In ALDH2-active subjects, L-cysteine administration markedly reduced the gastric juice acetaldehyde concentration from the mean peak value of 26.4 ± 3.7 μM (range 9.3–43.0 μM) at 30 min without L-cysteine to a mean peak of 8.4 ± 3.7 μM (range 0.2–35.5 μM) at 30 min with L-cysteine (Fig. 4A). The acetaldehyde-eliminating effect of L-cysteine lasted almost the whole follow-up period of 120 minutes (Fig. 4A). Quantitatively, L-cysteine resulted in a mean decrease of 67% (3-fold) in gastric juice acetaldehyde (AUC) (Fig. 4B, p = 0.001). Similarly, L-cysteine greatly reduced the gastric juice acetaldehyde concentration in ALDH2-deficient subjects from a mean peak value of 63.9 ± 7.7μM (range 32.0–96.7 μM) at 30 min without L-cysteine to a mean peak of 26.7 ± 8.1 μM (range 3.8–51.2 μM) at 30 min with L-cysteine (Fig. 5A), and the effect again persisted throughout the follow-up period of 120 minutes (Fig. 5A). Consequently, L-cysteine resulted in a 60% (2.5-fold) reduction in the mean AUC of gastric juice acetaldehyde in ALDH2-deficient subjects (Fig. 5B, p = 0.0027).

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Fig 4. Effect of slowly L-cysteine releasing capsules (2 x 100mg) in PPI-treated ALDH2-active individuals on gastric juice acetaldehyde levels (a) and areas under the curve (b) after intragastric infusion of ethanol (15 vol%, 0.5 g/kg) (means ± SEM).

https://doi.org/10.1371/journal.pone.0120397.g004

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Fig 5. Effect of slowly L-cysteine releasing capsules (2 x 100) in PPI-treated ALDH2-deficient individuals on gastric juice acetaldehyde levels (a) and areas under the curve (b) after intragastric infusion of ethanol (15 vol%, 0.5 g/kg) (means ± SEM).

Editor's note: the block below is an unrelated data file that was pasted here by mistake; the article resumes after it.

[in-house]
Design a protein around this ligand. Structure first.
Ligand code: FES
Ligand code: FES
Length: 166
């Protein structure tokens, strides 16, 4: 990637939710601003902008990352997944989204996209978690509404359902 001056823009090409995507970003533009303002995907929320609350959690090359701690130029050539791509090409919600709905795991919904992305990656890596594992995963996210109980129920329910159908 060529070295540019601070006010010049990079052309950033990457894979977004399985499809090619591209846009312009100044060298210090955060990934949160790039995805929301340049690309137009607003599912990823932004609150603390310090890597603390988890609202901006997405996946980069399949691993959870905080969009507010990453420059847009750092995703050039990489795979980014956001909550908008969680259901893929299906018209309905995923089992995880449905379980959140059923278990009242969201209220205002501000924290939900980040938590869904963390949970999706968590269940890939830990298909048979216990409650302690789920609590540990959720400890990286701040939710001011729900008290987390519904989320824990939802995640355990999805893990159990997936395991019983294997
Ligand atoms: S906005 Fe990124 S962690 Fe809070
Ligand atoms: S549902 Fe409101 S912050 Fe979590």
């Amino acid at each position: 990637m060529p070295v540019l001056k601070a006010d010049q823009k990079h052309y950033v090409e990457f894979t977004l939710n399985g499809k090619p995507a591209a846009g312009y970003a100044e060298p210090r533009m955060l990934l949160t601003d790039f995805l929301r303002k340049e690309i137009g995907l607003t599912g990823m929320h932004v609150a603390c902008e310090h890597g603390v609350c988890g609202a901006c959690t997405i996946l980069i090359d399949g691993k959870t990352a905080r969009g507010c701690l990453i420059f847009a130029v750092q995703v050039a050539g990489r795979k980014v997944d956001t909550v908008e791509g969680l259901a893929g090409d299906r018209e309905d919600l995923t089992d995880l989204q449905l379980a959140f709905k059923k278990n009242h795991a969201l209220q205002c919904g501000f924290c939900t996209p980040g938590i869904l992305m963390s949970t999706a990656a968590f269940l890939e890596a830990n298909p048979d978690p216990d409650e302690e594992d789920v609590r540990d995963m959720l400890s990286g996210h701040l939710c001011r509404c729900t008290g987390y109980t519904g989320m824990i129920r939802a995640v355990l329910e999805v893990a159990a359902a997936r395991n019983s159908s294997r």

https://doi.org/10.1371/journal.pone.0120397.g005

L-cysteine had no effect on the salivary acetaldehyde concentration in either ALDH2 genotype group (data not shown).

Gastric juice and salivary ethanol concentrations.

Gastric juice ethanol concentrations generally followed similar pattern in studies 1, 2 and 3 in both ALDH2-actives and ALDH2-deficients (Table 1). Mean peak gastric juice ethanol levels at 30 min ranged from 2.6 ± 0.6 vol% to 4.4 ± 0.9 vol% (from 572 ± 132 mM to 968 ± 198 mM). At 120 min, mean gastric juice ethanol levels ranged from 0.038 ± 0.001 vol% to 0.231 ± 0.131 vol% (from 8.4 ± 2.2 mM to 50.8 ± 28.8 mM). It should be noted that from the time points of 60 minutes to 120 minutes, gastric juice acetaldehyde levels were rather low, ranging from 1.22 to 0.038 vol%, i.e. from 12.2‰ to 0.38‰.

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Table 1. Ethanol levels (vol %) in gastric juice and saliva after intragastric administration of ethanol (15 vol%, 0.5 g/kg) (means ± SEM).

https://doi.org/10.1371/journal.pone.0120397.t001

Ethanol concentrations in saliva also followed similar pattern in all studies in both ALDH2-actives and ALDH2-deficients (Table 1). Mean peak salivary ethanol concentrations at 30 min ranged from 0.074 ± 0.004 vol% to 0.097 ± 0.008 vol% (from 16.3 ± 0.9 mM to 21.3 ± 2.0 mM). At 120 min mean salivary acetaldehyde levels ranged from 0.038 ± 0.001 vol% to 0.046 ± 0.002 vol% (from 8.4 ± 0.2 mM to 10.1 ± 0.4 mM).